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Every Story Counts

Every Story Counts Recording Migration Heritage
A Wollongong Case Study

Recording migration heritage, and in particular people’s memories of migration and settlement, provides first-hand perspectives on Australian history.

Meredith Walker’s thematic framework provides a new and innovative approach to recording the migration experience. It gives voice to memories which would not be heard or shared and ones which are rarely documented formally. They are however, part of the kaleidoscope of stories that bring us together as a nation.

This book is for all people to encourage them to record their experiences and local knowledge of post-Second World War migration and settlement. It is also for clubs, historical societies and museums, and for all people researching and caring for heritage places to research, record and collect migration heritage. Wollongong stories and migrants are featured as case studies to record people's stories and the places, objects and collections associated with those stories.

The book is presented in themes to assist to interpret the relevance and significance of the information and more importantly to communicate the messages to a wider audience

This book is presented in two parts. Part one is the themes of migration and outlines the history of post-Second World War migration to Australia and settlement using eleven historical themes. Part two provides ten suggestions for recording your migration stories and tips for getting started.

Behind every 'ordinary house' is an extraordinary story and our photo albums and family mementos inside can hold the key to special community memories.

Download Order Form to purchase a copy of 'Every Story Counts'

 

Getting Started

Recording and documenting history, whether your own or a community, takes many resources. To begin with, it is best if you have a computer, printer, scanner and digital camera. Current trends and practices are making collecting information almost totally electronic. Digital cameras allow the photographing of objects to occur instantaneously and the computer is an excellent storage facility of information that can be shared. Recording equipment, such as a microcassette recorder with dictaphone capability, is also a very useful item to have and is a much more efficient means to record interviews and provides a more accurate account of what was said. In addition to this equipment, consumable items such as paper for printing out copies of documents or photograhs and CDs to store images and to back up your computer files are an ongoing cost, as is archival storage materials. All in all, it takes time and money to sustain a collection.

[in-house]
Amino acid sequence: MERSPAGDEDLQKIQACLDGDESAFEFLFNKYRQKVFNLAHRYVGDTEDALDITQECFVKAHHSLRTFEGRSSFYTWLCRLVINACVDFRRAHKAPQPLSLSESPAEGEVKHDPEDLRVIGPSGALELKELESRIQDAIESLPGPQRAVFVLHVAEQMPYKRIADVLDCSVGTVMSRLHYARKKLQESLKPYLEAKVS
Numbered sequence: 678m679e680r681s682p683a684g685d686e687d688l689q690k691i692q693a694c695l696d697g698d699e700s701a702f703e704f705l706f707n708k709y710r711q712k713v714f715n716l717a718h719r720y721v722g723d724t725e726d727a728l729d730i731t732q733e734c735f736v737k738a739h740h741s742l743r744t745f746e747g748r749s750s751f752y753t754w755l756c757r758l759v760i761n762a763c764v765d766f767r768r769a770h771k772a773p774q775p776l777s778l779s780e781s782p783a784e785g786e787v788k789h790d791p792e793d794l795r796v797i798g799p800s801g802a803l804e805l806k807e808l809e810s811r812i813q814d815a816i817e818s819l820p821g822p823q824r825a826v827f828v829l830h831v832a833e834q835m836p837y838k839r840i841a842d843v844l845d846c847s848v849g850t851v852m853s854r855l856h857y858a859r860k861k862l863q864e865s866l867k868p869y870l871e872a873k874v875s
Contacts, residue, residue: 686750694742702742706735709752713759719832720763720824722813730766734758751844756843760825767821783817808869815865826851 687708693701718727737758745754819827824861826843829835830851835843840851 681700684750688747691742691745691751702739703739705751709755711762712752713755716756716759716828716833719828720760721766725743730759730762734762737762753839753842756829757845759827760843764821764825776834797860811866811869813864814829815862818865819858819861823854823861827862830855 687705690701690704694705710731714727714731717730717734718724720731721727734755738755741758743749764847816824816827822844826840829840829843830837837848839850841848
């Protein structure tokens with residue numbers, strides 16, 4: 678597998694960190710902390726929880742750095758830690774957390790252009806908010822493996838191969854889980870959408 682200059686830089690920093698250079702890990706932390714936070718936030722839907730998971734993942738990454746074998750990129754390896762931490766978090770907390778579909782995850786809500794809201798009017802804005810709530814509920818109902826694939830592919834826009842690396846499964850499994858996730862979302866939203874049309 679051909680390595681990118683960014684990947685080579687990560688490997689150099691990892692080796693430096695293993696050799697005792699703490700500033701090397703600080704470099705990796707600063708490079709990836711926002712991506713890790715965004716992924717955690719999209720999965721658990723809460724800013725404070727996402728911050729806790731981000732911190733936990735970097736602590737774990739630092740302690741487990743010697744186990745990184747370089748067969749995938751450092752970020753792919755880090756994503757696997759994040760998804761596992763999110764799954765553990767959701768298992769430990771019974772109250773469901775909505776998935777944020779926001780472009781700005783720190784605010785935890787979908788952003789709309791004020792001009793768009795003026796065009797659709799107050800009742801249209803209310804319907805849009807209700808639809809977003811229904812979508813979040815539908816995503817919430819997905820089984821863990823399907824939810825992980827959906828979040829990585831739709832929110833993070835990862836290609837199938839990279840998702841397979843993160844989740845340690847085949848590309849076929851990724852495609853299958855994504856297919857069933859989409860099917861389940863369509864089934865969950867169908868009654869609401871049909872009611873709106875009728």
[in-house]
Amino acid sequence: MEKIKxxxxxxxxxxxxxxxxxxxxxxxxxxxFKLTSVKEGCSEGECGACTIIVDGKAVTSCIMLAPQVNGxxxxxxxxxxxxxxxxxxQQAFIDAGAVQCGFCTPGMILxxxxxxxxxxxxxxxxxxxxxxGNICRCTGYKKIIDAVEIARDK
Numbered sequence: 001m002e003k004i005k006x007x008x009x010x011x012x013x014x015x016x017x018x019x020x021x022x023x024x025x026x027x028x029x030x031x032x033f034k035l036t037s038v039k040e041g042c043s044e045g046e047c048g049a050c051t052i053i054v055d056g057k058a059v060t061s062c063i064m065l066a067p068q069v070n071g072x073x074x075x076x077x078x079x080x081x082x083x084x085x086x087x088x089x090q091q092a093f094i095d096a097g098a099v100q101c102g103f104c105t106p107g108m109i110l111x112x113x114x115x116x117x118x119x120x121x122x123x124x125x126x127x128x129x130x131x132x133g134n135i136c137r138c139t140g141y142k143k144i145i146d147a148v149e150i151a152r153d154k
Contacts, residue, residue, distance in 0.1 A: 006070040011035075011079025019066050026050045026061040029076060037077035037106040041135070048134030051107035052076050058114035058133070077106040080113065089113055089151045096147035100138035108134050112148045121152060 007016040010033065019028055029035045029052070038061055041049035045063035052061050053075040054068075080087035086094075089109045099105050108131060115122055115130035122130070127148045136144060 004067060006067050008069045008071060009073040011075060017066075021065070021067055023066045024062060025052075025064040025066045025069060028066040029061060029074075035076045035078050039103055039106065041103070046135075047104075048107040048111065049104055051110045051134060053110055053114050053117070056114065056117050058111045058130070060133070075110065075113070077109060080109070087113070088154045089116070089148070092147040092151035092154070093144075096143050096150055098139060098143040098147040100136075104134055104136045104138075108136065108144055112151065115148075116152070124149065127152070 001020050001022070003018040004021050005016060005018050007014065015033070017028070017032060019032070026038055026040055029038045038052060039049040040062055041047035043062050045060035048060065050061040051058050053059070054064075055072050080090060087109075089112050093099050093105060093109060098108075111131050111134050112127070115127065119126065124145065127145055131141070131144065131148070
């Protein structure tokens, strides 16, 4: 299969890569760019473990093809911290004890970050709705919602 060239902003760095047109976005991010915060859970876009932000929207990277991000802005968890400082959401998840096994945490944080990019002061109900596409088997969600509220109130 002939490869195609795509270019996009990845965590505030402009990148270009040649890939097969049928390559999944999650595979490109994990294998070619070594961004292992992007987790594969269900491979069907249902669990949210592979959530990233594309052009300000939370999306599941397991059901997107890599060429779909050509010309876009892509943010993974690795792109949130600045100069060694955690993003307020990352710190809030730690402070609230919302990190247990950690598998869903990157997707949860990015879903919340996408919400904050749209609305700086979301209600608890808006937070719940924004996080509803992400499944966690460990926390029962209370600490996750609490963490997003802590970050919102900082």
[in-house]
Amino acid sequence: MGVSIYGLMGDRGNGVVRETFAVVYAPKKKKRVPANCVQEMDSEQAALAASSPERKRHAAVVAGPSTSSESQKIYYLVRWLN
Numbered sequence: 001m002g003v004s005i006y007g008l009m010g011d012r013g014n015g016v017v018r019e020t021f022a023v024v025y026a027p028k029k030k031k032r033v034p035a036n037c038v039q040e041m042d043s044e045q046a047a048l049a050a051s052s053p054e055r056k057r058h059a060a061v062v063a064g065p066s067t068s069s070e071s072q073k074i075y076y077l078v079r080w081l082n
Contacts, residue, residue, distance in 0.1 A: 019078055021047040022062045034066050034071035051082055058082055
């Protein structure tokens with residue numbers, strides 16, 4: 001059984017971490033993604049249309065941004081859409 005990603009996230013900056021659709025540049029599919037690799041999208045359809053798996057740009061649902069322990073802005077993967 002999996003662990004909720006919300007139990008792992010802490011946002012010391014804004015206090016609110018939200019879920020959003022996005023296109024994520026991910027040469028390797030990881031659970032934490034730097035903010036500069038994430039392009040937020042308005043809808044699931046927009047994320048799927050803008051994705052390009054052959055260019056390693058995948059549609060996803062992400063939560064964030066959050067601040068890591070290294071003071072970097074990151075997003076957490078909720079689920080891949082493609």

Before you start your project determine what is going to be your collection policy. That is, what are you going to collect? Then survey what is currently held to ensure that you are not duplicating what has already been collected. Always start with the elderly first and always catalogue photographs, objects etc with names, dates etc because it is always harder to go back and get the information. Whether these items are to be donated or to be copied should be left up to the individual. Custodians of this information must be prepared to preserve it. Custodians have a moral obligation to protect images being abused by stereotypes, so access must be controlled. Forms therefore must be prepared for authorisation of use, copyright and access. Names and addresses of donors should not be revealed as this would allow people to go directly to the donors and the risk of misrepresenting the donors is very real. If you are an organisation, it should be essentially a community-based one to give your collection credibility and it should serve the community and schools on immigration and socialisation. Try to have a collaborative agreement with main stream repositories such as libraries or museums where copies can be deposited. These comments are drawn from personal experiences by organisations and individuals who are collecting and documenting migrant history.

 

 

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Become a member

If Illawarra’s cultural heritage matters to you, you may want to stay in touch with MHP and become a member.

 

For further information:

Migration Heritage Project
PO Box 1589
South Coast Mail Centre
Wollongong NSW 2521

Email: mhp@1earth.net

Every Story Counts